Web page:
BREAKING NEWS: Sponsors now doing “journalism” – Breaking News
What you’re about to read is a piece of original journalism, brought to you by the sugary zing of Old Brown Cola. Ahhh, you can’t beat the refreshing taste of Old Brown.
That statement isn’t true. There is no such company and this article isn’t brought to you by anyone, or any brand, whose core business isn’t (and hasn’t always been) journalism.
But it’s 2012. How sure of the independence of all the sources of your information can you really be?
Last week on The Punch, Sydney University student Michael Koziol wrote about journalism’s impossible maths problem. That is, how do you find work for an unending supply of wannabe journalists in an industry with fewer and fewer jobs for them?
You can’t, really, and as Koziol pointed out, many graduates will give up on journalism and find jobs on the proverbial dark side; in public relations. *Shudder*.
And that fact gives rise to the next most obvious question. What happens to the PR industry when “there are no newspapers left to puff to”?
“Perhaps Ogilvy should buy a printing press,” Koziol wrote.
The truth is they already have one. It’s called the Internet and in the US, it’s given rise to a lucrative and powerful industry known variously as “brand journalism”, branded content or content marketing.
The fact is, dozens of brands (including individuals such as rapper Jay-Z) are already using free, simple to use publishing tools, social networks and video platforms to skirt the traditional media and “manage” their own message.
Many are also using their large stores of cash to hire professional journalists, editors and photographers in order to produce content that engages audiences and tells whatever “story” the brand is keen to tell.
Mashable contributor Shane Snow put it this way in a panel discussion on the subject during Social Media Week in New York back in February.
“Journalism is about telling true stories”.
“Advertising and public relations are also about storytelling; Telling stories through commercials, through ads in newspapers and on the radio; Telling stories to reporters, hoping that they’ll write something about you.
“With the advent of social media, what we’re seeing today are brands (who were once simply advertising, or whispering in the ears of the press), are now starting to talk directly to their audience.”
Duy Linh Tu, Head of Digital Media at Columbia University Graduate School of Journalism, told the panel the practice was “just truth-telling in a kind of way that highlights a lifestyle, or an idea or a possibility for a product”.
“Brand journalism is just telling stories that engage an audience, not unlike what airlines did with airline magazines before digital.”
Companies who’ve opened a direct dialogue with their audiences include American Express, Johnson & Johnson, Red Bull and Burberry.
But their message is not always as aggressive or in-your-face as you might think.
In fact, at least as far as some branded journalism is concerned, the brand underwriting the content is often only subtly apparent, if it’s apparent at all.
Why? Because companies have worked out they can build loyal, engaged audiences – even generate revenue through traffic to their own websites – by serving up content of quality and value.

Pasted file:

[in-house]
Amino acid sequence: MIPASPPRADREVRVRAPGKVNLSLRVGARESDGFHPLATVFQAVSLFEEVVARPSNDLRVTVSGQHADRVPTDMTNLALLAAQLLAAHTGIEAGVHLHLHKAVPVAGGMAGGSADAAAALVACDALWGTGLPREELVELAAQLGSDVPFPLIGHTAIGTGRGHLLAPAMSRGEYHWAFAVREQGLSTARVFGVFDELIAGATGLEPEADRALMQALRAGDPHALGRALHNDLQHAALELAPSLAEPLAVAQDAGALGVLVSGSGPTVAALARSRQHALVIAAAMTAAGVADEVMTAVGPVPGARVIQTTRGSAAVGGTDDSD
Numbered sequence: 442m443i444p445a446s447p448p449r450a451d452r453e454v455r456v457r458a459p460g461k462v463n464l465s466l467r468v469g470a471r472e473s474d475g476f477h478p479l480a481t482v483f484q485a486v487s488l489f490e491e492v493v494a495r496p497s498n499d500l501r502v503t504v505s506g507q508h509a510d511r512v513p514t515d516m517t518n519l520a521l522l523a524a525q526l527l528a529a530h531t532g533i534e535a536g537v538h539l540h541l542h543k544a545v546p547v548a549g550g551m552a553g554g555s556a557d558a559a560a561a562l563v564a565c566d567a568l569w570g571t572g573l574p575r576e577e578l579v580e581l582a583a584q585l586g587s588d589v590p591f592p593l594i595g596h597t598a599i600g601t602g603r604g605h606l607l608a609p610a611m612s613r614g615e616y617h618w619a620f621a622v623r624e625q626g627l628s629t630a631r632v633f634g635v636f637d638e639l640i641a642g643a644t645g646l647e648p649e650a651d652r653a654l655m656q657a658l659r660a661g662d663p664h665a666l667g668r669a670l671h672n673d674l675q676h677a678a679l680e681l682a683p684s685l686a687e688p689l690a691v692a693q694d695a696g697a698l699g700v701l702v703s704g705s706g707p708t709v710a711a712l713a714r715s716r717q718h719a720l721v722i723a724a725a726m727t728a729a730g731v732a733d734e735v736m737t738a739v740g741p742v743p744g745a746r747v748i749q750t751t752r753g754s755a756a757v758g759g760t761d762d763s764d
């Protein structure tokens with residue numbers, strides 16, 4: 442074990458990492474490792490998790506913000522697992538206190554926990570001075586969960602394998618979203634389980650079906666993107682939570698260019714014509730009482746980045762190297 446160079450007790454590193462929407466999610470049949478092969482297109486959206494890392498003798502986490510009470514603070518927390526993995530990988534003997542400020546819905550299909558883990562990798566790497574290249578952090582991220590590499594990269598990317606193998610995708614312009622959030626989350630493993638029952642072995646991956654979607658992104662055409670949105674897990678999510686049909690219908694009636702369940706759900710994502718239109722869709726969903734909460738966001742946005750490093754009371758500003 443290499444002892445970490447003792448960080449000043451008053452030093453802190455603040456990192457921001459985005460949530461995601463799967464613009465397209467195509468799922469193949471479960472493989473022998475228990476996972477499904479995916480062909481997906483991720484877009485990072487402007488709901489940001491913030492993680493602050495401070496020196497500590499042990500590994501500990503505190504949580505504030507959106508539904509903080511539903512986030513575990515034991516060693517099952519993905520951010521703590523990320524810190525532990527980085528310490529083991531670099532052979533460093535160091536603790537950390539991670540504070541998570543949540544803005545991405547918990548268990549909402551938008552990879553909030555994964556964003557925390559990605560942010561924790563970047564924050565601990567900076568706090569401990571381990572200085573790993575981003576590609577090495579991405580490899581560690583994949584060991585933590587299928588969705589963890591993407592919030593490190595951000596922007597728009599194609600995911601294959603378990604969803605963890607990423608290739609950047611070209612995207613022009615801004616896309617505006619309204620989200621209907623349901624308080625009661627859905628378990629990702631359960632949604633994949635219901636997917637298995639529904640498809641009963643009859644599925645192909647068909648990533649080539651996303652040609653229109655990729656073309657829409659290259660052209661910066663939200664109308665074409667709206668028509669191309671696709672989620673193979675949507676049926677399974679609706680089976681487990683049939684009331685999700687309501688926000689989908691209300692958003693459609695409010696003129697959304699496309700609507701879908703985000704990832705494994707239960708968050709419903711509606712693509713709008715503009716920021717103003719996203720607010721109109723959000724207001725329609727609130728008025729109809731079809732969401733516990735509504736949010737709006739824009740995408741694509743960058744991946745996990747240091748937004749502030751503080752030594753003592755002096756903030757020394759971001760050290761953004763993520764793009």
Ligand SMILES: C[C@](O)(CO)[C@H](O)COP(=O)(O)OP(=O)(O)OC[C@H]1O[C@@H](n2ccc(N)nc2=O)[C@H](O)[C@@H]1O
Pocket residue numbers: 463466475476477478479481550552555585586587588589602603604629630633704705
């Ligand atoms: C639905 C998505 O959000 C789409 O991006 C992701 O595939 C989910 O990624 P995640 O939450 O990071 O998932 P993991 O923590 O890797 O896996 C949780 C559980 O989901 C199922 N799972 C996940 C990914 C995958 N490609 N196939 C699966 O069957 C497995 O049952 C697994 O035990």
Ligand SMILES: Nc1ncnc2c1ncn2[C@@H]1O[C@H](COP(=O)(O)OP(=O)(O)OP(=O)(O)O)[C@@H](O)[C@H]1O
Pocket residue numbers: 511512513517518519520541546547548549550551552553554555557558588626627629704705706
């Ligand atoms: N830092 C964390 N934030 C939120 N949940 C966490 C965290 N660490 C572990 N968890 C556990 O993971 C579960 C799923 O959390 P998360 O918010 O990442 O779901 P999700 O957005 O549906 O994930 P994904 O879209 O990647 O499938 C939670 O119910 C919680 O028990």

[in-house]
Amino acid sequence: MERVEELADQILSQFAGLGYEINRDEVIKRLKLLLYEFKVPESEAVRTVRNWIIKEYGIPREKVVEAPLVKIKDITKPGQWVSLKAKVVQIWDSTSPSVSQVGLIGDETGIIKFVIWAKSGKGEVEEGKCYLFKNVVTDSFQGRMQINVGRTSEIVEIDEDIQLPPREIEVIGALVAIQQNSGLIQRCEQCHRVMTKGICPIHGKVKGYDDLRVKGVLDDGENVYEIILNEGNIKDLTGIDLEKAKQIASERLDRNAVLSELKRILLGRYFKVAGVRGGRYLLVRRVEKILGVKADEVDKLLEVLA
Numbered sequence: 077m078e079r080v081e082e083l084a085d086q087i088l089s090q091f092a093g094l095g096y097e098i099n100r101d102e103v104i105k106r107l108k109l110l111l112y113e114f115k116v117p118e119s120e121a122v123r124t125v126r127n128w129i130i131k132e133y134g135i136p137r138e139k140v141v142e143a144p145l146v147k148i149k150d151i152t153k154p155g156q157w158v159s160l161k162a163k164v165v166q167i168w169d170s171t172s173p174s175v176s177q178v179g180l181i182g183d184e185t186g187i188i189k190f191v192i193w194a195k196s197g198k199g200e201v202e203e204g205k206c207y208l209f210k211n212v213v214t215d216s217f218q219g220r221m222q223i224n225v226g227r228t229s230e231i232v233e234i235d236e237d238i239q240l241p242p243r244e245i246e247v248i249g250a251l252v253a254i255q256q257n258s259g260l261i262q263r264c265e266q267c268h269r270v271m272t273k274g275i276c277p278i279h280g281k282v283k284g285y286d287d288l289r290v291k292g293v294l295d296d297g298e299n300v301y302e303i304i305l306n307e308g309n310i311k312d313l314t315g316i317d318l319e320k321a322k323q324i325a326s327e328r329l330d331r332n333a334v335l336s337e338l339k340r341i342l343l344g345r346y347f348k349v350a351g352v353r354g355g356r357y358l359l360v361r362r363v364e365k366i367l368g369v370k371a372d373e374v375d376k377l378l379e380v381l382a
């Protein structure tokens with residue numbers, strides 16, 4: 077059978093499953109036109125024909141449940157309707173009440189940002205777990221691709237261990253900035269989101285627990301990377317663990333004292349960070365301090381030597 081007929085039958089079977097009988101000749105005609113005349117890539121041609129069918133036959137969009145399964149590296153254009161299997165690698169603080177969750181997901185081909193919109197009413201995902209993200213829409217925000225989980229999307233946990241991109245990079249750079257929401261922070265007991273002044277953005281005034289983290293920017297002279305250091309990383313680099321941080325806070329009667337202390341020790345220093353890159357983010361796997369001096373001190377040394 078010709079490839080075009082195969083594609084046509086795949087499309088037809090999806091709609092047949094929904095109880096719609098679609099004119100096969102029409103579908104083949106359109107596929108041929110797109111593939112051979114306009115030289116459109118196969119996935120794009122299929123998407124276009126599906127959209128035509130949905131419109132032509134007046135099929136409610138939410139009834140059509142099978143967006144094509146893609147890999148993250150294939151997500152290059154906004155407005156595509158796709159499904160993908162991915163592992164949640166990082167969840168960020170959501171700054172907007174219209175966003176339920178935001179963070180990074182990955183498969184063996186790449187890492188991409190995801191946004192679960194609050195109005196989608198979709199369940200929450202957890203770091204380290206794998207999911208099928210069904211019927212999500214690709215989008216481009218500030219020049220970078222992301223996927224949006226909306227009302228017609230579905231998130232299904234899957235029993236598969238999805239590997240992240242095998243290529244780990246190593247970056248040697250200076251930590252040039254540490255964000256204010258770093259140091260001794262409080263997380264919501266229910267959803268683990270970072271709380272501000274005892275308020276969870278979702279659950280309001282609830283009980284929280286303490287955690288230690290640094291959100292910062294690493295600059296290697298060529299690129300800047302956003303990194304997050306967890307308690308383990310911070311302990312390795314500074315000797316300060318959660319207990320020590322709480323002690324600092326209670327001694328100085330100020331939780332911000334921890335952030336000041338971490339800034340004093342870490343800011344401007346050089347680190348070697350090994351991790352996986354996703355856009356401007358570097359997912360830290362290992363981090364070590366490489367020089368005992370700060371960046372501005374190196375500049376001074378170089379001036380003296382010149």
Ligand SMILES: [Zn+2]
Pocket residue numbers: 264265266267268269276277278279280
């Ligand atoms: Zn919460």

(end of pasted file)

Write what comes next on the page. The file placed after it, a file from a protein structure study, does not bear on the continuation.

“It’s important the information the brands are producing is non-branded,” Matt Creamer, a writer with Ad Age told the Social Media Week discussion.
“It has to be good, useful information that’s detached from the branded communication a brand is going to do. It can’t just be advertising,” Creamer said, citing American Express’ Open Forum, a website offering resources for business owners, as an example.
“You don’t have to be an American Express consumer to find value there.”
The question is does it matter and do we care?
Our hearts say yes. But like so many things in life, the truth is it depends.
Information, whether it is provided by The Wall Street Journal or McDonald’s has an inherent value, so long as it’s both current and correct.
If new mums and dads find value in the popular Baby Center website, can anyone really argue against it, just because the information comes courtesy of Johnson’s?
But information by itself, without analysis or context, no matter how slickly presented, isn’t journalism.
And stories underwritten by brands, no matter how they move or engage audiences, can never carry the same weight as journalism produced by real media organizations, because their motives are different.
One wants to sell cars and sugary drinks and concert tickets and the other wants to make enough money to produce news that often isn’t sexy.
“What kind of breaking news could you do for Axe cologne?” Columbia University’s Duy Linh Tu asks.
“I just can’t see it”.
But brands are playing the game now, none-the-less.
And that means increasing numbers of journalism students will find their first job in the industry isn’t with the local radio station or newspaper, but a major brand or business who’s decided that “journalism” is a useful means to an end.
“We’re in a position where we have to recognize that our graduates come out with huge debt and they’ve got to pay the bills, so in one way, if they can still write then they’re still in the game”, Linh Tu said.
“We just have to figure out how much of their work can be for The New York Times and how much it can be for Ford.”
Until then, here’s a quick word from our sponsors…
Follow Greg on Twitter @barilski
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